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Two Students in STEM Discuss How Computer Science Has Influenced Them

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Logan Parameter

Baylor University

What inspired to you to pursue computer science?

Growing up, I always had an interest in both computers and video games, so when I was changing my major during my first semester at Baylor, I took a great interest in computer science. I wanted to study computer science and become a game developer, and Baylor has a game development track within the computer science program, which made the major a perfect fit.

What’s the biggest misconception about computing jobs?

One of the biggest misconceptions that I had about computing jobs is that they all involve staring at a computer and programming for hours on end with little to no human interaction. However, I’ve learned from both my own experiences and hearing the experiences of my colleagues that there is a wide spectrum of computing jobs, all with their own unique roles and responsibilities. There is a job in computing for individuals of all different personalities and interests, and you never have to feel stuck doing the same thing day after day.

What kind of job are you hoping to pursue after you graduate?

I hope to pursue a career in technical consulting after I graduate. I really enjoy the dynamic, ever-changing environment of consulting, and I will have to opportunity to continue learning new technologies even after I have left school.

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Negin Forouzesh

Virginia Polytechnic Institute and State University

What is one piece of advice that you would give a female student unsure about pursuing computer science?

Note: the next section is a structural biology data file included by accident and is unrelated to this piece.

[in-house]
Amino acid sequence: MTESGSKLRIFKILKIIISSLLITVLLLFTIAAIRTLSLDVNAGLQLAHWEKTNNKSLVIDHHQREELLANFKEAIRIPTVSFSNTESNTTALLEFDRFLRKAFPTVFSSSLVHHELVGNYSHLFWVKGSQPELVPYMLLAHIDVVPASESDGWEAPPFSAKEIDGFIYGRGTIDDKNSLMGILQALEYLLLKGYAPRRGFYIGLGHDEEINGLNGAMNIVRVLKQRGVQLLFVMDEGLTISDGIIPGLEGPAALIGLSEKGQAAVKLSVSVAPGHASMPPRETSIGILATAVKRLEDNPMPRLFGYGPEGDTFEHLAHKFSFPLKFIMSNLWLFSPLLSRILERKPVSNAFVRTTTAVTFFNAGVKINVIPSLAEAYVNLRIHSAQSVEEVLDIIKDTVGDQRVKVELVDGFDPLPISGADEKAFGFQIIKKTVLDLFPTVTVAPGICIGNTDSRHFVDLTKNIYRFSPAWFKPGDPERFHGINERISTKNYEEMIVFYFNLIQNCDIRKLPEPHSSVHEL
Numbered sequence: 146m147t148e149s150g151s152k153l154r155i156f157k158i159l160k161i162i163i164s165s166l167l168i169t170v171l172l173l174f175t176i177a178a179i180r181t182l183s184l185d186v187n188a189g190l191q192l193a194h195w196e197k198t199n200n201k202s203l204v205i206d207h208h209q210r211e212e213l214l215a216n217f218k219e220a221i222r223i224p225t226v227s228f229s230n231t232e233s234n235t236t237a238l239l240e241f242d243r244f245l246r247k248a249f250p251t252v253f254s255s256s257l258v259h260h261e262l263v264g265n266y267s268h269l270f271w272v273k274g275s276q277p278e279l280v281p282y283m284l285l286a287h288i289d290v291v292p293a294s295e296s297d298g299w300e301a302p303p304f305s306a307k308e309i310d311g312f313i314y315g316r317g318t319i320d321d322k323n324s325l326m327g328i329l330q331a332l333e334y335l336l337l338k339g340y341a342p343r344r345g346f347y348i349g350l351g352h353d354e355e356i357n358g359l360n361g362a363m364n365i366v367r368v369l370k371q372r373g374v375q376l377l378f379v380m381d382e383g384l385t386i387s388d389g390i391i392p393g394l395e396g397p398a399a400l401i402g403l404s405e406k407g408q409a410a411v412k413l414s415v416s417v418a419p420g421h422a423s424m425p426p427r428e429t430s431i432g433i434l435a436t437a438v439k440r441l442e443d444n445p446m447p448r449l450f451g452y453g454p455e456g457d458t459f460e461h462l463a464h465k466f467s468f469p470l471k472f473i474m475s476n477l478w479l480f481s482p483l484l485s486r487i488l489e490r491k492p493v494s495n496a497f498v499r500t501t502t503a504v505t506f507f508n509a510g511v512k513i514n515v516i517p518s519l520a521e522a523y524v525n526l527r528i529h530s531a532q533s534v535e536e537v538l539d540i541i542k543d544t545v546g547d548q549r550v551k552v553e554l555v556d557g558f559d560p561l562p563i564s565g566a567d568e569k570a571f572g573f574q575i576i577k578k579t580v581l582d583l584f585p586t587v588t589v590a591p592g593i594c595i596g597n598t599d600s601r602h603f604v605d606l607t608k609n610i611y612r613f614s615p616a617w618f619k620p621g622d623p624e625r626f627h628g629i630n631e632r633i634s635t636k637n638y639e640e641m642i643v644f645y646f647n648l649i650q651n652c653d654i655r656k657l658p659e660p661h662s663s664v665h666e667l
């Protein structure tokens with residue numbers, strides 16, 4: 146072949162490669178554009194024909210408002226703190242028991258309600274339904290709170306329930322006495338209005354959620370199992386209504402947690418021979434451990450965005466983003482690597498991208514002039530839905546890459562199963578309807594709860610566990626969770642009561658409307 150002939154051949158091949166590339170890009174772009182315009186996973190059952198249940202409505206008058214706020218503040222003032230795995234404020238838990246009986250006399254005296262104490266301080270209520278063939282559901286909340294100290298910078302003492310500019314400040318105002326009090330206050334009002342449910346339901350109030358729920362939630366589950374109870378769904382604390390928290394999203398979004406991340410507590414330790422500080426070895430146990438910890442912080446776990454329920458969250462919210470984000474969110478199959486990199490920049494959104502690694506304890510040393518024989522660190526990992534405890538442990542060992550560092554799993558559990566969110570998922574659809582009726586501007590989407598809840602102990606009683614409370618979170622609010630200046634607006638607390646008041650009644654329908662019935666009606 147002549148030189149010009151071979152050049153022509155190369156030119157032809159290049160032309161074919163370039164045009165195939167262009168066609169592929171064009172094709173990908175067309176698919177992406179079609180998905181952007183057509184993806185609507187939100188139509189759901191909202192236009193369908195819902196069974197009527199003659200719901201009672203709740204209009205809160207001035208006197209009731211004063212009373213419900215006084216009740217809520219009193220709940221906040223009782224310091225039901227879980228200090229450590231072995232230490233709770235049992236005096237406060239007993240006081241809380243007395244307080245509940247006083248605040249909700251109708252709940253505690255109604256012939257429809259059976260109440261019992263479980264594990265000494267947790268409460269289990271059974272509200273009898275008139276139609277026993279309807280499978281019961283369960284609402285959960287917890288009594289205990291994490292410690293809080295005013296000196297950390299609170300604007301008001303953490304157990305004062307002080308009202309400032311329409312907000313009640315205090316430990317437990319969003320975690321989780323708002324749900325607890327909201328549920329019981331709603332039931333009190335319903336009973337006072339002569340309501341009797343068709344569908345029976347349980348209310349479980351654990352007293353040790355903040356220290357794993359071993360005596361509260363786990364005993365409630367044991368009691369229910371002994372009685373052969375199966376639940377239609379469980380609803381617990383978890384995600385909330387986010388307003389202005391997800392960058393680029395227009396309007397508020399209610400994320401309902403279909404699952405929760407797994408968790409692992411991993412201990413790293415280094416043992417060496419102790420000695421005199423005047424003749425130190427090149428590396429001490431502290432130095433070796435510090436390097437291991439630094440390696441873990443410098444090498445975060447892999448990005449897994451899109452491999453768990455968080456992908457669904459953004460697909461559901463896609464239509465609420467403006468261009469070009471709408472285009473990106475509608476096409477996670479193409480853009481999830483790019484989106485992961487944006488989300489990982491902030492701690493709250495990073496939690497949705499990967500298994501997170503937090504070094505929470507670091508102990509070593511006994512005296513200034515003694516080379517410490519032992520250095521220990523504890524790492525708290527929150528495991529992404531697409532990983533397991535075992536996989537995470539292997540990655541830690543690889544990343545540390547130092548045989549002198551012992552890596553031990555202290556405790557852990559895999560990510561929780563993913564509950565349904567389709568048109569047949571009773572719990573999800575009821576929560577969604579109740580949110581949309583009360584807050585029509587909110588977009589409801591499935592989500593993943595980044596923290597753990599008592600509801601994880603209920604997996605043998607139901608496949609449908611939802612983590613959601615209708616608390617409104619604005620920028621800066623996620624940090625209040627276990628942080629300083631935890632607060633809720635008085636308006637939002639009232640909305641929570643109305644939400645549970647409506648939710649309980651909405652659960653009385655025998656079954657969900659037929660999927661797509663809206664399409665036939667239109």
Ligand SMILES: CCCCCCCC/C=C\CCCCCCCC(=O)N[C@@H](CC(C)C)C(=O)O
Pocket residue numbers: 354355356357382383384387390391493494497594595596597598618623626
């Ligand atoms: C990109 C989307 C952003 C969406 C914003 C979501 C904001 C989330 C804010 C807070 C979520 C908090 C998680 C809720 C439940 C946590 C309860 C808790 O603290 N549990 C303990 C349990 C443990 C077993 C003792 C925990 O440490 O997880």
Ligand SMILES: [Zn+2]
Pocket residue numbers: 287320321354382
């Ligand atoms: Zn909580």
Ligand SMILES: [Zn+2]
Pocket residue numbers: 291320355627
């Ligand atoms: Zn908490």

First and foremost, I believe that anyone can thrive in computer science regardless of their gender. If you are interested in this field, go for it! Although the number of females in computing areas is much fewer than males, you can take advantage of this gender gap and be employed by many companies that are willing to increase workplace diversity.

What’s your favorite project you’ve worked on so far and what was special about it?

I had the opportunity to work at the Stanford Center for Genomics and Personalized Medicine as an intern in the summer of 2018. In a productive collaboration with biologists, bioinformaticians and geneticists, we developed a comprehensive database for on-the-fly genetic variant annotation. This can be used to pinpoint subsets of functionally important genetic variants, which result in major diseases such as cancer.

What kind of job are you hoping to pursue after you graduate?

I would like to join a research center in the future, where I can employ my knowledge and skills in practical research projects. Particularly, I have found computational biophysics an appealing framework through which I can employ my learned skills to advance the process of drug discovery.

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